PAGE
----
There is much talk in digital marketing about how to generate visits to your website but of course that is only half of the challenge. If you run an ecommerce site you want people to buy from you. To use the traditional terminology you might say the strategy for driving visitors to your site is your acquisition strategy and the strategy for getting them to buy from you is your conversion strategy. Once visitors are on our site we need to maximise the conversion rate.
Having fun with funnels
Google analytics uses conversion funnels to enable you to track the movement of visitors through your website. If you are selling products you clearly need to structure your site in a way that leads customers through a clear and logical process to a ‘goal URL’ which might for example be the Thank You page after check out. You are likely to lose visitors at each stage in the process but it is the marketer’s job to minimise the ‘wastage’ at each stage.
How Conversion Funnels work
In the example above visitors to the site are shown at the top level. We can track where visitors came from and which page they landed on. As we move down the funnel visitors get nearer to your goal but visitors are lost at each stage. Some may leave the site, others may visit another page and not follow the direction of your speficied goal. Let’s take a look at some of the stages in the conversion process shown in the funnel:
- Bounces – the bounce rate is the number of visitors who leave the site without visiting any other page. High bounce rates might be a sign that your content is not engaging visitors or you may be driving visitors to a page that is not relevant for them (time to look at your SEO and inbound link strategy!).
- Browsers – here visitors are moving around the site and may be visiting a few different product pages for example. The site is engaging interest at some level.
- Early Waverers – visitors at this stage may be looking at specific product specifications, prices or product guarantees for example. They are deciding whether to go to check-out.
- Late Waverers – these are visitors who actually go into the checkout process but abort before the payment stage. Perhaps the checkout process is too slow, confusing or does not feel secure?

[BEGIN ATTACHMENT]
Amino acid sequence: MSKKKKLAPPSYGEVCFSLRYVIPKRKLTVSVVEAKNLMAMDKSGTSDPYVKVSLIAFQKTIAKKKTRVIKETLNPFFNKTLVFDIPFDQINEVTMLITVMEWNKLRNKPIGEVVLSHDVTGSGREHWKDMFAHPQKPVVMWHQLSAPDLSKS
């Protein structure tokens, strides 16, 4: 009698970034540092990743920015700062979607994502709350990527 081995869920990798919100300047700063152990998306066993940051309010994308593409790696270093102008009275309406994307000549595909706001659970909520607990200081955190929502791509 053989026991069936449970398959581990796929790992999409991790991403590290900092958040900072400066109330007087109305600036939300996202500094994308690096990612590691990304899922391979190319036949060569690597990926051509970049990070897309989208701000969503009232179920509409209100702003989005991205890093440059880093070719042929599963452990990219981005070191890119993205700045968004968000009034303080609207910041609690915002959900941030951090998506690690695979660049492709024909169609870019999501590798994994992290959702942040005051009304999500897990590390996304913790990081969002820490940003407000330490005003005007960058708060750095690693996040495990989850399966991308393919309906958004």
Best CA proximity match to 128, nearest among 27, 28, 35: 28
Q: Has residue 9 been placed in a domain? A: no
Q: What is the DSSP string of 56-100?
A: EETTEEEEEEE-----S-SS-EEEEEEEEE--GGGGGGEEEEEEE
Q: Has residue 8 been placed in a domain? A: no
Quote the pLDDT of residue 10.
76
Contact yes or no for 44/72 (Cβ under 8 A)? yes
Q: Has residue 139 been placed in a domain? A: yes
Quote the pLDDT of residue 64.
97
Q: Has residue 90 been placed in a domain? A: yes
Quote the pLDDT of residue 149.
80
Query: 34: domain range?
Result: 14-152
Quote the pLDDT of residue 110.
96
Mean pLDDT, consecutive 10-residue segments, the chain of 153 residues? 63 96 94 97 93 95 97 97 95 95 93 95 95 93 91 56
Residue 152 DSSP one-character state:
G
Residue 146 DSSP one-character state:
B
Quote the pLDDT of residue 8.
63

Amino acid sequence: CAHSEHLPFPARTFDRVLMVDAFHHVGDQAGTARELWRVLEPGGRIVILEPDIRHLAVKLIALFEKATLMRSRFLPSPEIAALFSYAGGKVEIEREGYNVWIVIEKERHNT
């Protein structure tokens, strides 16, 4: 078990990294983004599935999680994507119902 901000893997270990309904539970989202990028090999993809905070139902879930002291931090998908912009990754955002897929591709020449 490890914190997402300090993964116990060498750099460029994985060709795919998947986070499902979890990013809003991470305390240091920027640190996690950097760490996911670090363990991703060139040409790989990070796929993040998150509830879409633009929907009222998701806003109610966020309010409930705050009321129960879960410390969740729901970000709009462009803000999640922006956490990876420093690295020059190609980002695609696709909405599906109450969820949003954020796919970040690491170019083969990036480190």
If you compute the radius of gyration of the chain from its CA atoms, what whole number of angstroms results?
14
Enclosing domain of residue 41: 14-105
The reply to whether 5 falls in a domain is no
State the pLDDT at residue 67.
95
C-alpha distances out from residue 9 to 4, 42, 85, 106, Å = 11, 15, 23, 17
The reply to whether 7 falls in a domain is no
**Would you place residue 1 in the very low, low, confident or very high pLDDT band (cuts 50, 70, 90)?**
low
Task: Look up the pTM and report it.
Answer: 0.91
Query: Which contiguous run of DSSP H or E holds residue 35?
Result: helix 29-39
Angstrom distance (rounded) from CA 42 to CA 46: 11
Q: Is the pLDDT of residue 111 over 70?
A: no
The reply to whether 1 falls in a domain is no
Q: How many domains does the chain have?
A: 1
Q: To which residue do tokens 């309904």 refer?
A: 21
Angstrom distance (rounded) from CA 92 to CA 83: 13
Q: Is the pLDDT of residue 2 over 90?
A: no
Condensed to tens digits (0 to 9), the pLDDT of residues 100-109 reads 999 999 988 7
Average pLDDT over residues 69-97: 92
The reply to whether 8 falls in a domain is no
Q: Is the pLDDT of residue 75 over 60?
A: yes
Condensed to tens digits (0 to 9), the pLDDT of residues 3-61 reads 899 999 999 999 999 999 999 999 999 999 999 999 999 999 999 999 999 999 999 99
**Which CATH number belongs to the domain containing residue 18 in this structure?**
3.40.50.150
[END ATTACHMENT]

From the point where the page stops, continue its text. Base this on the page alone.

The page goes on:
- Conversions – visitors reaching this stage are the ultimate gauge of success for our marketing objectives. They have moved through the whole buying process and purchased a product or service.
How to improve conversion rates
Conversion funnels show us the stages at which we lose customers but not why we are losing customers – so we need to experiment. Say your check-out process goes Billing >Shipping > Payment > Review > Thank You. If you discovered that you are losing 40% of click-throughs from the shipping page you could test different elements of the page. For example, are shipping options confusing? Is the next call to action clearly displayed? Are shipping costs uncompetitive?
By changing significant aspects of ‘problem’ pages, one at a time, you can use customer behaviour to determine what is wrong and how to fix it. Amazon, for example significantly increased conversion rates by introducing their ‘One Click’ option making the checkout process as simple as possible.
Don’t just analyse – act!
One of the great advantages of digital marketing is that we have a wealth of analytical tools available to us – many of them free. However, information is no use unless we can act on what it tells us. That’s why testing and experimentation is really what comes after web analytics and where the time honoured rules of direct marketing testing can be bought into the digital world.
If there is one thing that all successful online businesses share it is a real understanding of what works and what doesn’t when it comes to digital marketing. A strong understanding of how marketing efforts are paying off is crucial to ensure you get the most from your online investment. The great news is that there are a huge number of possibilities for measuring online marketing success, so many in fact that it pays to start by thinking about the basics.